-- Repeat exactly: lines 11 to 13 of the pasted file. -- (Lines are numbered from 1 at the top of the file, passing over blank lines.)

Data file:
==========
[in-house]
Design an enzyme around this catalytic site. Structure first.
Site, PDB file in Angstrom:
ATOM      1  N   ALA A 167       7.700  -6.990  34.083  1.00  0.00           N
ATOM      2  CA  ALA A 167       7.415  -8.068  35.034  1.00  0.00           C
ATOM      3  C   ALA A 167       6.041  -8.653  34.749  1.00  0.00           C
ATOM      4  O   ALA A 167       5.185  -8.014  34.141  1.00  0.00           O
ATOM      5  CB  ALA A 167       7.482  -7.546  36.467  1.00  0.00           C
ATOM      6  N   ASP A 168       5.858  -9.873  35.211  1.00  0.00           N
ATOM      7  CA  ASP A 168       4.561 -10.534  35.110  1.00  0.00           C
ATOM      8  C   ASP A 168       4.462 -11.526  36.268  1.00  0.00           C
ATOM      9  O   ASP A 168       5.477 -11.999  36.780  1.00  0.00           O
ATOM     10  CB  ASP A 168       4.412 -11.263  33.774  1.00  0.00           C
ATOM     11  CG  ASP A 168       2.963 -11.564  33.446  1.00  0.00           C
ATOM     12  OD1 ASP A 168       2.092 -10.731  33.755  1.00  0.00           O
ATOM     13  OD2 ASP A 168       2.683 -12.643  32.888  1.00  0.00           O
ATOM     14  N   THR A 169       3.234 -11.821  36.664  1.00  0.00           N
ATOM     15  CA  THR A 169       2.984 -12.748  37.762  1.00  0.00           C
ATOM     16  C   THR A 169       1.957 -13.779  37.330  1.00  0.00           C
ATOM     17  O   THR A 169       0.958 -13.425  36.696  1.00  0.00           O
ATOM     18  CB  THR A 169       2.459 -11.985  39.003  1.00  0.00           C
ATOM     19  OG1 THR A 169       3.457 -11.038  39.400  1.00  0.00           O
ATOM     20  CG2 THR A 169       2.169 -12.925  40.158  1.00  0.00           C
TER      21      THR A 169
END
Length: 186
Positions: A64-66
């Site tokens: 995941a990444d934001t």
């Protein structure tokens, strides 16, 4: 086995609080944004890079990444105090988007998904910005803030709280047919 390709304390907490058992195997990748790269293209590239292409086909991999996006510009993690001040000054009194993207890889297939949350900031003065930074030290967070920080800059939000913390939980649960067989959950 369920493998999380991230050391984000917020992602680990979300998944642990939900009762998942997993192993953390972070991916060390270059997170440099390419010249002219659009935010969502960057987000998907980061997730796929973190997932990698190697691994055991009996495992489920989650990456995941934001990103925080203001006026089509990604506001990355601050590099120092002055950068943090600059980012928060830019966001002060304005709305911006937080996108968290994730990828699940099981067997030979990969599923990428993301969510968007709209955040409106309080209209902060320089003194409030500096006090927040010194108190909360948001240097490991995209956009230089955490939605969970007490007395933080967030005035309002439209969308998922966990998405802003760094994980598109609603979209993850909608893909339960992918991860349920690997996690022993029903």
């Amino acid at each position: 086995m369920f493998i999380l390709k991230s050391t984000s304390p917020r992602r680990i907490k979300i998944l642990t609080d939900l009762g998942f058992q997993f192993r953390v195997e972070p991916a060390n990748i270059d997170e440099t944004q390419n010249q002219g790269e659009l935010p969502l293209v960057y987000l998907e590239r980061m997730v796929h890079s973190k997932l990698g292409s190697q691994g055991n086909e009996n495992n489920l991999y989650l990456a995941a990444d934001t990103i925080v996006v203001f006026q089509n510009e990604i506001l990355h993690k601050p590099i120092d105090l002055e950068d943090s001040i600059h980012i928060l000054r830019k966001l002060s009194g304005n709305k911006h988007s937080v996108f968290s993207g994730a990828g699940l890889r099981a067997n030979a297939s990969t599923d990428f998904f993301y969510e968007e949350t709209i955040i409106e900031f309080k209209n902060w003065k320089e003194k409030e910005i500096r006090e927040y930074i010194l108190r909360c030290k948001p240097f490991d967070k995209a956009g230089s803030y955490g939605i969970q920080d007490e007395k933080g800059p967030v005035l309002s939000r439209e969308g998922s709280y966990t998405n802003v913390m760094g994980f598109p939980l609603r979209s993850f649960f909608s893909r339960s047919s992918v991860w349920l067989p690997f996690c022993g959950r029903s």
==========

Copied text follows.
ATOM      8  C   ASP A 168       4.462 -11.526  36.268  1.00  0.00           C
ATOM      9  O   ASP A 168       5.477 -11.999  36.780  1.00  0.00           O
ATOM     10  CB  ASP A 168       4.412 -11.263  33.774  1.00  0.00           C